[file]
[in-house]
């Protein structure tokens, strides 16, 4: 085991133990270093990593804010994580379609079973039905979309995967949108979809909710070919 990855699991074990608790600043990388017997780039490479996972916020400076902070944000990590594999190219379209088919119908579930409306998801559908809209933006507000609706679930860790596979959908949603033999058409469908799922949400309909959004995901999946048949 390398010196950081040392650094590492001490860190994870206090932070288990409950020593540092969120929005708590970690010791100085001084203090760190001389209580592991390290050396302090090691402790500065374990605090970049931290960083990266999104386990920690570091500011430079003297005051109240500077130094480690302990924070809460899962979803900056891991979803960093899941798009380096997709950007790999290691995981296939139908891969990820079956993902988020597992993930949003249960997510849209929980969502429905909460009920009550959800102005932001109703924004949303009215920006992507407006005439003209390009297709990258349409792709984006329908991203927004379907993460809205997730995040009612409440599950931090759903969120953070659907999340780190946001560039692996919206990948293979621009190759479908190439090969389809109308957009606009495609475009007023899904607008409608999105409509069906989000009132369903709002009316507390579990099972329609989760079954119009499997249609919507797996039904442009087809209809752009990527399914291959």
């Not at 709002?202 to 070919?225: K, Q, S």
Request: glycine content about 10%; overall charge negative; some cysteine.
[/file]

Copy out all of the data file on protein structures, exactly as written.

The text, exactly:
[in-house]
């Protein structure tokens, strides 16, 4: 085991133990270093990593804010994580379609079973039905979309995967949108979809909710070919 990855699991074990608790600043990388017997780039490479996972916020400076902070944000990590594999190219379209088919119908579930409306998801559908809209933006507000609706679930860790596979959908949603033999058409469908799922949400309909959004995901999946048949 390398010196950081040392650094590492001490860190994870206090932070288990409950020593540092969120929005708590970690010791100085001084203090760190001389209580592991390290050396302090090691402790500065374990605090970049931290960083990266999104386990920690570091500011430079003297005051109240500077130094480690302990924070809460899962979803900056891991979803960093899941798009380096997709950007790999290691995981296939139908891969990820079956993902988020597992993930949003249960997510849209929980969502429905909460009920009550959800102005932001109703924004949303009215920006992507407006005439003209390009297709990258349409792709984006329908991203927004379907993460809205997730995040009612409440599950931090759903969120953070659907999340780190946001560039692996919206990948293979621009190759479908190439090969389809109308957009606009495609475009007023899904607008409608999105409509069906989000009132369903709002009316507390579990099972329609989760079954119009499997249609919507797996039904442009087809209809752009990527399914291959």
């Not at 709002?202 to 070919?225: K, Q, S």
Request: glycine content about 10%; overall charge negative; some cysteine.